MELBOURNE • Lewis Hamilton's supporters are concerned that his only serious rival, Nico Rosberg, has topped the Formula One podium in each of the last four races. But they will not have their worries assuaged by the news that their concerns are shared by the three-time world champion himself.
When asked after his defeat by Rosberg at Sunday's Australian Grand Prix whether this season would be tougher than the previous two, both of which ended with him winning the world title, Hamilton replied: "I feel as though there will be a battle. There will be races where we are seconds ahead and finish up the road and then there will be races where we go wheel to wheel."
The Briton is used to addressing the challenge from his Mercedes team-mate, but it is the threat from a rejuvenated Ferrari that could represent the biggest danger.
Hamilton never really recovered from a poor start in Melbourne, when he slipped back from pole position to sixth place, although his fightback to claim second behind Rosberg left him upbeat.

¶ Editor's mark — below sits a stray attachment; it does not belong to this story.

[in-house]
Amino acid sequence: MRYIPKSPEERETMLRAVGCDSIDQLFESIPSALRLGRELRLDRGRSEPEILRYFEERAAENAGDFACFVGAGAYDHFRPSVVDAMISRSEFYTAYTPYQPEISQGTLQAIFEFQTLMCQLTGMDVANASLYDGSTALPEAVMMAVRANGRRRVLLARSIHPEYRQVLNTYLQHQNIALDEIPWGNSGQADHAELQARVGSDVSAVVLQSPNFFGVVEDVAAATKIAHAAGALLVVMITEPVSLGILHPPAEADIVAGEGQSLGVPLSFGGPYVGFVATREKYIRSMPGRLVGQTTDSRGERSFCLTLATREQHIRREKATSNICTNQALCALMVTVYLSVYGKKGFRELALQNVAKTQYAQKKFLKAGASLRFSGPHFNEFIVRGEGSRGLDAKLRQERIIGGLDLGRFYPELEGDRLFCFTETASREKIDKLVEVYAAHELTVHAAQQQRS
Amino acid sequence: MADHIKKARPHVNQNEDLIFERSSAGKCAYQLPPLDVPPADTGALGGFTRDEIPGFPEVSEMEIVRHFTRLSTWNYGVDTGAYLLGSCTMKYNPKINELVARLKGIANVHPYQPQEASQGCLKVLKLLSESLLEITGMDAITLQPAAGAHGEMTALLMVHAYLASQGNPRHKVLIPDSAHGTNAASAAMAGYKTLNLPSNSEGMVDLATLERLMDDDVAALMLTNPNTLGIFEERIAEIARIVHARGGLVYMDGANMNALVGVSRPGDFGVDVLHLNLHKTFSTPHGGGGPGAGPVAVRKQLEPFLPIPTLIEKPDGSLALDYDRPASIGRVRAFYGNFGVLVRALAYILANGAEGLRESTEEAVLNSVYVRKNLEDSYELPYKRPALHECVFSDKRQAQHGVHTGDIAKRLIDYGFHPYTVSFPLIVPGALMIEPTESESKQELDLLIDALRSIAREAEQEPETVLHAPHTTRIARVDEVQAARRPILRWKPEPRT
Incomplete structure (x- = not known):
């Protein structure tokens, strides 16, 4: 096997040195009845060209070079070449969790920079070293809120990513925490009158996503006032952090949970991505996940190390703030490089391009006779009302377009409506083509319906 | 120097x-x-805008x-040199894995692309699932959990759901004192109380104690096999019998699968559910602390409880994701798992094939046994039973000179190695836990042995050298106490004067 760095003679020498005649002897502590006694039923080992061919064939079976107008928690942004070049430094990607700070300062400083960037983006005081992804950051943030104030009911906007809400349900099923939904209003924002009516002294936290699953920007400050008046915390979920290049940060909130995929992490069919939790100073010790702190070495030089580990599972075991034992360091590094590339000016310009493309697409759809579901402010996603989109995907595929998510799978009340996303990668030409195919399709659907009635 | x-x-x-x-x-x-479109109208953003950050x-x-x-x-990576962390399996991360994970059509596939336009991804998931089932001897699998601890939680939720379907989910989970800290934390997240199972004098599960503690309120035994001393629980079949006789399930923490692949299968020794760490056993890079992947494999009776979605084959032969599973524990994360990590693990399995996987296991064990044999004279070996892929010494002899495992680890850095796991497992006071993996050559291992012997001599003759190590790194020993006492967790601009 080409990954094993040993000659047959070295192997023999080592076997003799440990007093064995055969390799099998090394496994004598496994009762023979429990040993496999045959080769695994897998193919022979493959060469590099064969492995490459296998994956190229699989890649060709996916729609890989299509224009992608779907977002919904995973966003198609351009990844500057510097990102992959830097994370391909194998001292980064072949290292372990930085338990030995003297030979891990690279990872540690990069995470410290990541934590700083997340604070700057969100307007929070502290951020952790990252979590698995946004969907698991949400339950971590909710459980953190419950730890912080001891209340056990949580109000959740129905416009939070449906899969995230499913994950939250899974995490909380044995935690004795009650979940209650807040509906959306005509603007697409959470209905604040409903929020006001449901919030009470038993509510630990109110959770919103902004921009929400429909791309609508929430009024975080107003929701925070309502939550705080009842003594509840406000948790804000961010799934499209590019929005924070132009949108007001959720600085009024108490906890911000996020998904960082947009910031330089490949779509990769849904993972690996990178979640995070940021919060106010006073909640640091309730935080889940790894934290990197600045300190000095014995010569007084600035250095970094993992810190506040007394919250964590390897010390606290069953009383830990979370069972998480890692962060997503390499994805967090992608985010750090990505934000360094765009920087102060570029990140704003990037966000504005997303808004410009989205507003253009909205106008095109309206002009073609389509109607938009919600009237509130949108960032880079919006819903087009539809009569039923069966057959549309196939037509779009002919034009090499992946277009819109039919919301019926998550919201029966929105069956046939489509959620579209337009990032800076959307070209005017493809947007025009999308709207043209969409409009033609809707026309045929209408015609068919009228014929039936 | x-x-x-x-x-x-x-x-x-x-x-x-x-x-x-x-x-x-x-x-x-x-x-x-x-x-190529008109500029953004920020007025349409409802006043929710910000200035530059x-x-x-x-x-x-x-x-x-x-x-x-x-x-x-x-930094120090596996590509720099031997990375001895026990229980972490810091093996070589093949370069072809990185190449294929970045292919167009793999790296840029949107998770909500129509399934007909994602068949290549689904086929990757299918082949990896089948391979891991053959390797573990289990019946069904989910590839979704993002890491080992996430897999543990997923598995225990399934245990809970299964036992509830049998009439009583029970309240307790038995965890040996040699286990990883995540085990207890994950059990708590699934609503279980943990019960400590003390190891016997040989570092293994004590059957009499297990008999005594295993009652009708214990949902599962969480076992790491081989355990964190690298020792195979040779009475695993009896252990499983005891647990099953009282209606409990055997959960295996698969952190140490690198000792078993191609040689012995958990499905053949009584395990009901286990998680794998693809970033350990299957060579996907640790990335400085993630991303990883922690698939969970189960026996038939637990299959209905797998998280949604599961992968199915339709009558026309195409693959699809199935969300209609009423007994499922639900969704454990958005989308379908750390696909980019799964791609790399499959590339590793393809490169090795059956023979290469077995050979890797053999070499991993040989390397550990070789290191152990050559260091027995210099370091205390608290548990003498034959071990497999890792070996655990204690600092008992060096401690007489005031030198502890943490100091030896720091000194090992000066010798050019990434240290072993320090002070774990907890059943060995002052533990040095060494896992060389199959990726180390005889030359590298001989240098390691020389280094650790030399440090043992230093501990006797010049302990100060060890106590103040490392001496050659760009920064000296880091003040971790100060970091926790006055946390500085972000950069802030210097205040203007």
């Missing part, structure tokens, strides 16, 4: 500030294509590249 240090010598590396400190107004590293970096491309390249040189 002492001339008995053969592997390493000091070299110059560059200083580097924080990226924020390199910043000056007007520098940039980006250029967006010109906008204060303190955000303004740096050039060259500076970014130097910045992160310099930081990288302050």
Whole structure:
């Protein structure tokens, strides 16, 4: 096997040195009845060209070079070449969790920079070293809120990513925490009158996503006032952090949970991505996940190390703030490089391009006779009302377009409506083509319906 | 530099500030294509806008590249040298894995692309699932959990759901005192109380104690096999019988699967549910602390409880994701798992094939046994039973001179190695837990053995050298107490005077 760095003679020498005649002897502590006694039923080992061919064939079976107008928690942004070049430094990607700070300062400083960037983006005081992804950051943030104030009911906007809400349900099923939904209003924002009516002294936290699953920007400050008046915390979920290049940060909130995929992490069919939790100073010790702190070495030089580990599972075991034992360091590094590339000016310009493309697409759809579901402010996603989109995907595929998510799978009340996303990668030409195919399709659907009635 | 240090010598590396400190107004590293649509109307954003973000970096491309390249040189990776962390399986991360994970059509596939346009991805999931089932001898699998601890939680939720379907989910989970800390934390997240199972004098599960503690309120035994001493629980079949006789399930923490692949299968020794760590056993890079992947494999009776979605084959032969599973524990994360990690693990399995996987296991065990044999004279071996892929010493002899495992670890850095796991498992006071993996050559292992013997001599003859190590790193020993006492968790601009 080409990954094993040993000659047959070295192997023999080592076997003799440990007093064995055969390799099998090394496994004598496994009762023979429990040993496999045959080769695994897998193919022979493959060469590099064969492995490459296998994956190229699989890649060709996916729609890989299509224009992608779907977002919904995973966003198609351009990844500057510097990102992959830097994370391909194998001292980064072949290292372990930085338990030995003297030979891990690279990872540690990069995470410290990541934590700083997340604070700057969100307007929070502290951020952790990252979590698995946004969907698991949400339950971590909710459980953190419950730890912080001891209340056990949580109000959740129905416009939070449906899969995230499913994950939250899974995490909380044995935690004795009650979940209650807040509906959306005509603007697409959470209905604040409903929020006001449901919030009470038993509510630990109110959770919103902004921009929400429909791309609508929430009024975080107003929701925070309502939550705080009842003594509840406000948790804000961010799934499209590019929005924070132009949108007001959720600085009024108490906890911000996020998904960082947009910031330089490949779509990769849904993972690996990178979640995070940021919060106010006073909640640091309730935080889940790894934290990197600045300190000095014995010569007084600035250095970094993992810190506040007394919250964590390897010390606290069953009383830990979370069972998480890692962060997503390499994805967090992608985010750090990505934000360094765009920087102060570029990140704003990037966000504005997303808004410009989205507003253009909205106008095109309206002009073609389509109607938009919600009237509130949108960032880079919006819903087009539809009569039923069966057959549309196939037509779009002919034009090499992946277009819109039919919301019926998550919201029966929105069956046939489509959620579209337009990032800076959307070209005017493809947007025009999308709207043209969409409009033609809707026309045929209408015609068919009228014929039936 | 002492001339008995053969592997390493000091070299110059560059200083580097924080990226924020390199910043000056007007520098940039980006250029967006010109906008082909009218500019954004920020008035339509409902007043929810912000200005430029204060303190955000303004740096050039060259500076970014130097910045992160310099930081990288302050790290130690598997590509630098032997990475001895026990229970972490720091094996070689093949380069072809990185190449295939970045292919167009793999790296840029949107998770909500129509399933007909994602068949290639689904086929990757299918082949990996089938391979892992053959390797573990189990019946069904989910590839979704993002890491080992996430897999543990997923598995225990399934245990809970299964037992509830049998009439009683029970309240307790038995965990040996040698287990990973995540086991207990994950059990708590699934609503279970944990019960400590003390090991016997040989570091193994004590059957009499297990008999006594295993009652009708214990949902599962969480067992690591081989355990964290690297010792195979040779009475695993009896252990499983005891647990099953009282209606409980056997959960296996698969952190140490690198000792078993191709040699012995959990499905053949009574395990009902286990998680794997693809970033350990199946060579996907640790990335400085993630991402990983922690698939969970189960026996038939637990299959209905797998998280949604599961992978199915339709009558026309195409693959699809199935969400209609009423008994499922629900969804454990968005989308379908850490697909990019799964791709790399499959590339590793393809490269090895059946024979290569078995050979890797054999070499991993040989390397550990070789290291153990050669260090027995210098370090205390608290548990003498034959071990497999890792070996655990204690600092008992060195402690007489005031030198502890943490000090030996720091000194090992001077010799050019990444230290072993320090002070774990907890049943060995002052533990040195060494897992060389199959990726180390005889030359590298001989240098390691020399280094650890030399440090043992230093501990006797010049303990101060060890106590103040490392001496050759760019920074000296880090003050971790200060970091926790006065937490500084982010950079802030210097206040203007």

"The Ferraris were very strong," he said. "They got a good start, so we have to find out how we can do better. The second part, where you release the clutch fully, I just had a bit of wheelspin and never recovered from it."
In truth, Ferrari blew their chance at Albert Park, where they adopted a more aggressive policy after the race was red-flagged following Fernando Alonso's crash.
They chose to fit an extra pair of supersofts, meaning they would have to stop again and give up leading the race - and leading in Melbourne is particularly important because it is difficult to overtake there.
The good news for neutrals is that Ferrari have shown enough form to make things spicy this season.
Christian Horner, the Red Bull team principal, said: "Ferrari ran a lot closer to Mercedes. It was a good race for Formula One on Sunday."
Maurizio Arrivabene, the Ferrari team principal, said: "On the wall we were confident (we could win) in all honesty.
"We were looking at the race and looking at the gap we were gaining and at that time our radio was to go with our strategy and keep going.
"I don't want to make any excuses, but the last red flag was in 2009 if I'm not wrong. But it's part of the race and you have to accept it and that's it.
"At that stage of the race you have to be more aggressive. It could be right, it could be wrong. If you want to look at the glass not half empty, we were better and this is the news. You can't be happy after this, but this is racing."
Jenson Button, who had another disappointing race with McLaren, finishing 14th after an encouraging qualifying performance from the team, was also impressed by Ferrari. He said: "Ferrari are definitely closer, which is good. It's great for the sport and we need that."